Agreeing to disagree requires respect
Agree or disagree with their determination this week to forge ahead with an elephant ride exhibit, but one decision by the Nevada County Fair board members deserves praise from both sides of this controversial community issue.
Following the first of two meetings on the topic, which elicited highly emotional feedback from the audience but no discussion from the fair board, we encouraged board members in this column space to be responsive to those they represent on why members decided to move forward in contracting with Have Trunk Will Travel, the organization targeted by many of those opposing the elephant rides. Board President Tom Browning and Nevada County Fair CEO Sandy Woods took action by writing an open letter to the community, published by The Union and elsewhere, to shed some light on the rationale behind the board’s decision.
But members then took one step further in their role of responsibly representing the community they serve by bringing the issue back before the board this week.
That decision, to provide more transparency to the public on their deliberations, was the right one to make.
Knowing the mounting opposition and the level of vitriol they’ve faced on the topic, the decision by board members to revisit the topic before another emotional audience was likely not easy to make. Nearly every board member spoke directly to the public Tuesday night on his or her individual decision, a gesture too often rarely seen from such governing boards. Woods said fair board members returned the issue to the agenda for that exact reason — to speak to the community on the rationale of what they deemed to be “informed decisions.”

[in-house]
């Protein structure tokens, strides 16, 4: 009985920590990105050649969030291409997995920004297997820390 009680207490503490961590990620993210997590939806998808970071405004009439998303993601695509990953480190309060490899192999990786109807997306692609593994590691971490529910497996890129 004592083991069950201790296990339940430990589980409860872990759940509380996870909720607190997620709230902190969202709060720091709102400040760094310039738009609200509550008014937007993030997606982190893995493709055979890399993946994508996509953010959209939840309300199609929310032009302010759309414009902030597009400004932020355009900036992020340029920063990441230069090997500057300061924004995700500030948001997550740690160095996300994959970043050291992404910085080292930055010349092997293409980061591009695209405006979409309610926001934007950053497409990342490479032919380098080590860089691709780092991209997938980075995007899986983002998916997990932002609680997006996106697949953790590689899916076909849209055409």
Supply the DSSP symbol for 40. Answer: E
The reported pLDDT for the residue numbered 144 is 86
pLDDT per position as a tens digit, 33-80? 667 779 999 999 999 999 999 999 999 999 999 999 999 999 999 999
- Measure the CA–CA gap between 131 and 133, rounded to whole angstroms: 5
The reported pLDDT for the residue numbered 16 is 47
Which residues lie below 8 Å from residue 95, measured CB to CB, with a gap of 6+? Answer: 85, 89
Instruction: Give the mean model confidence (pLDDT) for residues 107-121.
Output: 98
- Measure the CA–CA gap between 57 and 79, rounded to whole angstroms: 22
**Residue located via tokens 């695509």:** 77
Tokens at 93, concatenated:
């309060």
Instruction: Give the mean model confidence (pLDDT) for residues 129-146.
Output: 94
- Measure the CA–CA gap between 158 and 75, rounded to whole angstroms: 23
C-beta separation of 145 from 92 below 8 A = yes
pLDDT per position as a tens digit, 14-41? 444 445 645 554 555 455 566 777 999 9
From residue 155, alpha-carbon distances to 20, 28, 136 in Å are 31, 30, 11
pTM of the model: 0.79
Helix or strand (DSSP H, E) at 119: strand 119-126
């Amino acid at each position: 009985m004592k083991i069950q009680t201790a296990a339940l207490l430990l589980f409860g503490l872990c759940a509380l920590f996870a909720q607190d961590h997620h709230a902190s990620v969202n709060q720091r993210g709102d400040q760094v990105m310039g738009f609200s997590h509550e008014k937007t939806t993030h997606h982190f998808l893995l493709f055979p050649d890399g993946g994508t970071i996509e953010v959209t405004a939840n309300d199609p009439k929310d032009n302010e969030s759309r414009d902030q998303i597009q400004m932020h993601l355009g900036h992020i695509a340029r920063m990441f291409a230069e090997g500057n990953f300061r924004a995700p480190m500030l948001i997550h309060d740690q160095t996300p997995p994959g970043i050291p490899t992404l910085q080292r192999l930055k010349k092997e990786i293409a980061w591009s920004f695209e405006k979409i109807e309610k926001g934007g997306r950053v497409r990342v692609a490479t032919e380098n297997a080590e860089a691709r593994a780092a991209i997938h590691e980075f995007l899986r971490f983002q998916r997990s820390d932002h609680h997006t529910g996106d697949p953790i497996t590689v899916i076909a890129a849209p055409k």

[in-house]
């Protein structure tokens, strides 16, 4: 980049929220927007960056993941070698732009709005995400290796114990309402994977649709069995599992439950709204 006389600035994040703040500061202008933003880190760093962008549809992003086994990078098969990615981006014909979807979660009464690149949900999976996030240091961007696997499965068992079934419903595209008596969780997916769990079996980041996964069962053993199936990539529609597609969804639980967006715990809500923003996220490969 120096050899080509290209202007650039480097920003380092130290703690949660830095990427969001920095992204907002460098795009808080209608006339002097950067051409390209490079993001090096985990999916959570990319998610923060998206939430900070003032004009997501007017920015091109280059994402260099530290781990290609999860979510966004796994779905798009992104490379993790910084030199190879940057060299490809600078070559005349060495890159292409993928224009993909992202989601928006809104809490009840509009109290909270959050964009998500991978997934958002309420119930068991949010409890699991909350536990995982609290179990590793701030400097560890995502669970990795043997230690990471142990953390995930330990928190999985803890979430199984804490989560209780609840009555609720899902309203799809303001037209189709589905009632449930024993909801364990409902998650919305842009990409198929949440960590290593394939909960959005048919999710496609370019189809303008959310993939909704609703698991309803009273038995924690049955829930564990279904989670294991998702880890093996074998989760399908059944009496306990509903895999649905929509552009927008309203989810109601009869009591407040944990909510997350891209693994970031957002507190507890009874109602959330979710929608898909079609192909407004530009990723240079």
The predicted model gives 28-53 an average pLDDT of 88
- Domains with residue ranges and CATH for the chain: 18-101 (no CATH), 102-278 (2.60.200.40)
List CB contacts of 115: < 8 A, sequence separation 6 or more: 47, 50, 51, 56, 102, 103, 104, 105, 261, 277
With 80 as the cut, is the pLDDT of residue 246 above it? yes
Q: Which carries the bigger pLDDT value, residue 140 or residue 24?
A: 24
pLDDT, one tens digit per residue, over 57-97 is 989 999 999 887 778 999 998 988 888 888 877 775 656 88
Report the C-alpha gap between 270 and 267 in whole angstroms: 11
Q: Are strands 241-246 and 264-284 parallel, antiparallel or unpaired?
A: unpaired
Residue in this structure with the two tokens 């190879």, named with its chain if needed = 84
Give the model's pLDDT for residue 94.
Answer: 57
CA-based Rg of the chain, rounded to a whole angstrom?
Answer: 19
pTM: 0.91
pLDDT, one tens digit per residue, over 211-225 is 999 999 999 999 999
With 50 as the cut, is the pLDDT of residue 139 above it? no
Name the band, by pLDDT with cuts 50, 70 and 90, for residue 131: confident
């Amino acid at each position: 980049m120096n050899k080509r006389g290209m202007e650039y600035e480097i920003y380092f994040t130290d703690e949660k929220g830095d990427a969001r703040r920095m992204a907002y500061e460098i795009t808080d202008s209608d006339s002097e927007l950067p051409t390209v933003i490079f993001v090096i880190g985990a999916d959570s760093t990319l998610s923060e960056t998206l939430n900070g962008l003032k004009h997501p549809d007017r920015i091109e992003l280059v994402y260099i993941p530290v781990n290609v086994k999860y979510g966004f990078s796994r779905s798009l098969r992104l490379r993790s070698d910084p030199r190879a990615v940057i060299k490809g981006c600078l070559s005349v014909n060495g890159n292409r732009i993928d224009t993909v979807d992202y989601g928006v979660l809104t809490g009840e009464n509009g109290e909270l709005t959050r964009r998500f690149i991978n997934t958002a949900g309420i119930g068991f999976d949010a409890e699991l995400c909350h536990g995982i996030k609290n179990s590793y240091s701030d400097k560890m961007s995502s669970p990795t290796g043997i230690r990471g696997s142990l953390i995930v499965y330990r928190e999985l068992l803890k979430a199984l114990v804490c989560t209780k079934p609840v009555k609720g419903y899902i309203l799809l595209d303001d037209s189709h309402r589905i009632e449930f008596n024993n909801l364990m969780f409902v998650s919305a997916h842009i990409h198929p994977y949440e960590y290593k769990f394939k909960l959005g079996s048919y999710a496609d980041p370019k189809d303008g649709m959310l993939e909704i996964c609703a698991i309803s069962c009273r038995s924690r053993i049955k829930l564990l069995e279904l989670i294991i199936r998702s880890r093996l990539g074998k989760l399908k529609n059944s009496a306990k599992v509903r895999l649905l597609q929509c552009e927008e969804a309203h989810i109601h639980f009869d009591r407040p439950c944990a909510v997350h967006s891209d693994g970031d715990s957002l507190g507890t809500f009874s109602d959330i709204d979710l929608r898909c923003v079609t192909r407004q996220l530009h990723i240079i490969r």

“Our board members have put a lot of research into the issue,” Woods said Friday. “They have really studied the issue in detail. And I really respect them for that.”
Respect is too often an afterthought in the heat of a controversial topic, yet it is certainly deserved by those who volunteer to serve on such boards in our community. The amount of time required to read the vast amount of information prepared in packets prior to meetings in order to make informed decisions is considerable. Yet those who serve make it a priority to set aside that time in the midst of their “day jobs” and personal lives. And knowing the decisions they make are not always going to be popular — especially in tough economic times — and will likely be criticized by some faction of the community, there are not often long lines of people signing up to serve us in such roles.
Criticism, of course, is to be expected. But those serving on our community’s boards should also be able to expect it to be delivered with a level of respect. We thank those who spoke to the need of civility in public discourse when Tuesday’s meeting took a turn in the opposite direction. Those offering their opinions via letters to the editor, directly to board members or even to the organization operating the exhibit should heed that advice. The success sought in sharing an opinion often depends as much on the tone in which it is delivered as the actual point of the message itself.
For example, how effective could one expect the following statement to be in persuading someone to see your viewpoint?
“I hope you die a slow, painful, agonizing death, because that (is) what you deserve.”
Agree or disagree over the elephant exhibit, but no one deserves to receive that kind of message, and such vitriol has no place in a productive discussion on local issues — no matter how controversial — in our community.
Certainly we can agree we all deserve better than that.
The Our View column represents the views of The Union editorial board, which is comprised of members of The Union staff and informed members of the community.
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